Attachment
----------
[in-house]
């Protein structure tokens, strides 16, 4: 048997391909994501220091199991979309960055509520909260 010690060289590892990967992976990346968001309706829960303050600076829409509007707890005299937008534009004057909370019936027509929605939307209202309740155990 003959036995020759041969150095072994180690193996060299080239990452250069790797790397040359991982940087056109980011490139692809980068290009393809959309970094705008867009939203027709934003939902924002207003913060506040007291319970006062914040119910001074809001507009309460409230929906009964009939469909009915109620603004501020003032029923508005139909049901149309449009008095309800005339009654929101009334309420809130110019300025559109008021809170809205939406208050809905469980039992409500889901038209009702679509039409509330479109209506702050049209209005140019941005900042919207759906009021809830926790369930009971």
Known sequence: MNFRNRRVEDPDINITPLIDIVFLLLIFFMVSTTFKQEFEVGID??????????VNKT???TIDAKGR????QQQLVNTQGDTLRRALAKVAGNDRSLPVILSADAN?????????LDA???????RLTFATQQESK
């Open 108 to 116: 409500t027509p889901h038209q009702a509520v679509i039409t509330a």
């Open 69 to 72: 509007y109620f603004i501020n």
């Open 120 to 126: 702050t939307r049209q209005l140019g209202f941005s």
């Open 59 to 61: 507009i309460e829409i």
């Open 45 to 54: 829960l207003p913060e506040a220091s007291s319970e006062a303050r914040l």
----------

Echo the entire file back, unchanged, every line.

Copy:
[in-house]
């Protein structure tokens, strides 16, 4: 048997391909994501220091199991979309960055509520909260 010690060289590892990967992976990346968001309706829960303050600076829409509007707890005299937008534009004057909370019936027509929605939307209202309740155990 003959036995020759041969150095072994180690193996060299080239990452250069790797790397040359991982940087056109980011490139692809980068290009393809959309970094705008867009939203027709934003939902924002207003913060506040007291319970006062914040119910001074809001507009309460409230929906009964009939469909009915109620603004501020003032029923508005139909049901149309449009008095309800005339009654929101009334309420809130110019300025559109008021809170809205939406208050809905469980039992409500889901038209009702679509039409509330479109209506702050049209209005140019941005900042919207759906009021809830926790369930009971």
Known sequence: MNFRNRRVEDPDINITPLIDIVFLLLIFFMVSTTFKQEFEVGID??????????VNKT???TIDAKGR????QQQLVNTQGDTLRRALAKVAGNDRSLPVILSADAN?????????LDA???????RLTFATQQESK
């Open 108 to 116: 409500t027509p889901h038209q009702a509520v679509i039409t509330a």
């Open 69 to 72: 509007y109620f603004i501020n």
């Open 120 to 126: 702050t939307r049209q209005l140019g209202f941005s």
């Open 59 to 61: 507009i309460e829409i």
């Open 45 to 54: 829960l207003p913060e506040a220091s007291s319970e006062a303050r914040l």